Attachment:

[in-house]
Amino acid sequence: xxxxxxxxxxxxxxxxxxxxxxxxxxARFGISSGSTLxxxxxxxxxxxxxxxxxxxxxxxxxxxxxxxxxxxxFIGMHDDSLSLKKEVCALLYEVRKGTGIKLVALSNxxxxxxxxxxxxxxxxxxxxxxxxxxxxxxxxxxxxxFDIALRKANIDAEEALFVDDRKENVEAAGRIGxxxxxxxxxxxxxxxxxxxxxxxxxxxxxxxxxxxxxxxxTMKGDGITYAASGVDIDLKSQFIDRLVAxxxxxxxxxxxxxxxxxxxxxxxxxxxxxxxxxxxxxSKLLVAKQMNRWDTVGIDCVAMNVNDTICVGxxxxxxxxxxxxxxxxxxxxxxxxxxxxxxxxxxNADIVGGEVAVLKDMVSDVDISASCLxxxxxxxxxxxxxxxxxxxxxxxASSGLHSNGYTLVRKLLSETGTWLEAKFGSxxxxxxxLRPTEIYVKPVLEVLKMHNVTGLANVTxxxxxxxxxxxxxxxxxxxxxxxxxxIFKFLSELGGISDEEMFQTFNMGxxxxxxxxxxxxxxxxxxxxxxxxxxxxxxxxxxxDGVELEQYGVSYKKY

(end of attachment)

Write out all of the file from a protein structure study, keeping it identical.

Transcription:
[in-house]
Amino acid sequence: xxxxxxxxxxxxxxxxxxxxxxxxxxARFGISSGSTLxxxxxxxxxxxxxxxxxxxxxxxxxxxxxxxxxxxxFIGMHDDSLSLKKEVCALLYEVRKGTGIKLVALSNxxxxxxxxxxxxxxxxxxxxxxxxxxxxxxxxxxxxxFDIALRKANIDAEEALFVDDRKENVEAAGRIGxxxxxxxxxxxxxxxxxxxxxxxxxxxxxxxxxxxxxxxxTMKGDGITYAASGVDIDLKSQFIDRLVAxxxxxxxxxxxxxxxxxxxxxxxxxxxxxxxxxxxxxSKLLVAKQMNRWDTVGIDCVAMNVNDTICVGxxxxxxxxxxxxxxxxxxxxxxxxxxxxxxxxxxNADIVGGEVAVLKDMVSDVDISASCLxxxxxxxxxxxxxxxxxxxxxxxASSGLHSNGYTLVRKLLSETGTWLEAKFGSxxxxxxxLRPTEIYVKPVLEVLKMHNVTGLANVTxxxxxxxxxxxxxxxxxxxxxxxxxxIFKFLSELGGISDEEMFQTFNMGxxxxxxxxxxxxxxxxxxxxxxxxxxxxxxxxxxxDGVELEQYGVSYKKY